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A steward of the mysteries of God


Dear Brothers and Sisters in Christ Jesus,

The month of July is dedicated to increased devotion to the Precious Blood of our Lord Jesus. Let us ask our good Lord for the grace to know and understand the power of His Precious Blood over evil! This Sunday I share with you a meditation on the Ordained Priesthood. I encourage you to reflect over this message a few times this week:

“Love and Veneration for the Priesthood - the priest’s identity and mission: All baptized persons can apply to themselves St. Paul’s words to the Christians of Ephesus which we find in the Second Reading of today’s Holy Mass: He chose us in Him before the foundation of the world, that we should be holy and blameless before Him. (Eph. 1:3-14) Through Baptism and Confirmation all the Christian faithful belong to a chosen race, a royal priesthood, a holy nation, God’s own people. (1 Pet. 2:9) The baptized, says the Second Vatican Council, by regeneration and the anointing of the Holy Spirit, are consecrated to be a spiritual house and a holy priest-hood, that through all the works of Christian men they may offer spiritual sacrifices. (Second Vatican Council, Lumen Gentium, 10) By their sharing in the priesthood Christ, the faithful take an active part in the celebration of the Sacrifice of the Altar. They sanctify the world through their secular tasks, sharing in the one mission of the Church by means of the different vocations they have received from God. Housewives, for example, sanctify the various aspects of motherhood and related duties; sick people are called to offer up their suffering lovingly to God; each one makes a pleasing offering to God of his daily tasks and circumstances.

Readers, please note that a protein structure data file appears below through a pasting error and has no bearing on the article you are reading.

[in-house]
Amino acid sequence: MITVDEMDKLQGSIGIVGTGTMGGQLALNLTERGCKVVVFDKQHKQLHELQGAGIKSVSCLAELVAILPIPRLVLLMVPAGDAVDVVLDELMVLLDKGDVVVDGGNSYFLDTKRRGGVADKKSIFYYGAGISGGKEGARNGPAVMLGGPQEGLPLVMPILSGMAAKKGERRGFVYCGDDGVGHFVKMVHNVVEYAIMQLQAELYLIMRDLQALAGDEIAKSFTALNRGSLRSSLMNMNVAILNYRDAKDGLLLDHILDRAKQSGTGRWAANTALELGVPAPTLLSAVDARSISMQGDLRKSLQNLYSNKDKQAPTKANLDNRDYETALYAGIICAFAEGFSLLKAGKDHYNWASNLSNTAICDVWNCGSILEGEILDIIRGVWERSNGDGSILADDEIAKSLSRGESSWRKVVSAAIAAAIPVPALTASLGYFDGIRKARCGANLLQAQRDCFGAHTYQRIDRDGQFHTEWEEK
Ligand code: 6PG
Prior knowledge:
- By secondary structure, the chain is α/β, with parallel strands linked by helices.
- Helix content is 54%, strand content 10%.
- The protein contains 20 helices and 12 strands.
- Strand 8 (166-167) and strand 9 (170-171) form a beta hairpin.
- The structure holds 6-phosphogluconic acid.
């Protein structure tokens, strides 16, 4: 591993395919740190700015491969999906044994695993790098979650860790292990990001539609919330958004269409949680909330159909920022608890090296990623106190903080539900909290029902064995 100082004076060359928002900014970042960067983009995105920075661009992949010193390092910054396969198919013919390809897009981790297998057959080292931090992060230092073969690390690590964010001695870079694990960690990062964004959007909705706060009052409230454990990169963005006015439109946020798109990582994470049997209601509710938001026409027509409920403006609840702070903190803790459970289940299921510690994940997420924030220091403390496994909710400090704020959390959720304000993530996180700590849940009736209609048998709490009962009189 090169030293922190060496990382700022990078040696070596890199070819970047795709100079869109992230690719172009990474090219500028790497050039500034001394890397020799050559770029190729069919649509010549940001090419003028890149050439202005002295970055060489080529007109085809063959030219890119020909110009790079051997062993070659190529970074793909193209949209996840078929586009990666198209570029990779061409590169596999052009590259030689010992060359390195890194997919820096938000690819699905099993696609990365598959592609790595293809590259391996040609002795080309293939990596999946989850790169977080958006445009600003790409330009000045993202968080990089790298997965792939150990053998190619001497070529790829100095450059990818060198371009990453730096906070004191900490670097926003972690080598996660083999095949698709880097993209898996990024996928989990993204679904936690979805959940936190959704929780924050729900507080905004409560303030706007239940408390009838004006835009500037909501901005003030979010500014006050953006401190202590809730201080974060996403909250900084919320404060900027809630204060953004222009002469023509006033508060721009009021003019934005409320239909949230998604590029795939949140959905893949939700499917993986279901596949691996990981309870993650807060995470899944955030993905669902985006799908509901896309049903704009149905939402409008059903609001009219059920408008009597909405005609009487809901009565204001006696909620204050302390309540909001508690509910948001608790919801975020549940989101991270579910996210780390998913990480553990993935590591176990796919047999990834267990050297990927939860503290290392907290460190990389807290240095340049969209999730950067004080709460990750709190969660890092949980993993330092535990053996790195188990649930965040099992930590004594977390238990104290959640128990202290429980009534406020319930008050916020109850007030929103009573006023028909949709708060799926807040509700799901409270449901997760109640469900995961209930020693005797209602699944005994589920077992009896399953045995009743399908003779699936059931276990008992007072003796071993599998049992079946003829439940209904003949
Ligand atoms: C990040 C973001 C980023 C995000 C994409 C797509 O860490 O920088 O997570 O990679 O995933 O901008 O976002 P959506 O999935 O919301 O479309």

From the ranks of the faithful, all of whom have this common priesthood, some are called by God, through the Sacrament of Holy Orders, to exercise the ministerial priesthood. This second priest-hood builds upon the first one, but they are essentially different. By means of the consecration received in Holy Orders, the priest be-comes an instrument of Jesus Christ, to Whom he offers his entire being, in order to bring the grace of Redemption to all mankind. He is a man chosen from among men and appointed to act on behalf of men in relation to God, to offer gifts and sacrifices for sins. (cf. Heb. 5:1) What then is the priest’s identity? That of Christ. Each one of us Christians can and should be not just any other Christ, ‘alter Christus’, but Christ Himself, ‘ipse Christus!’ But in the (ordained) priest this happens in a direct way, by virtue of the sacrament. (J. Escriva, In Love with the Church, 38)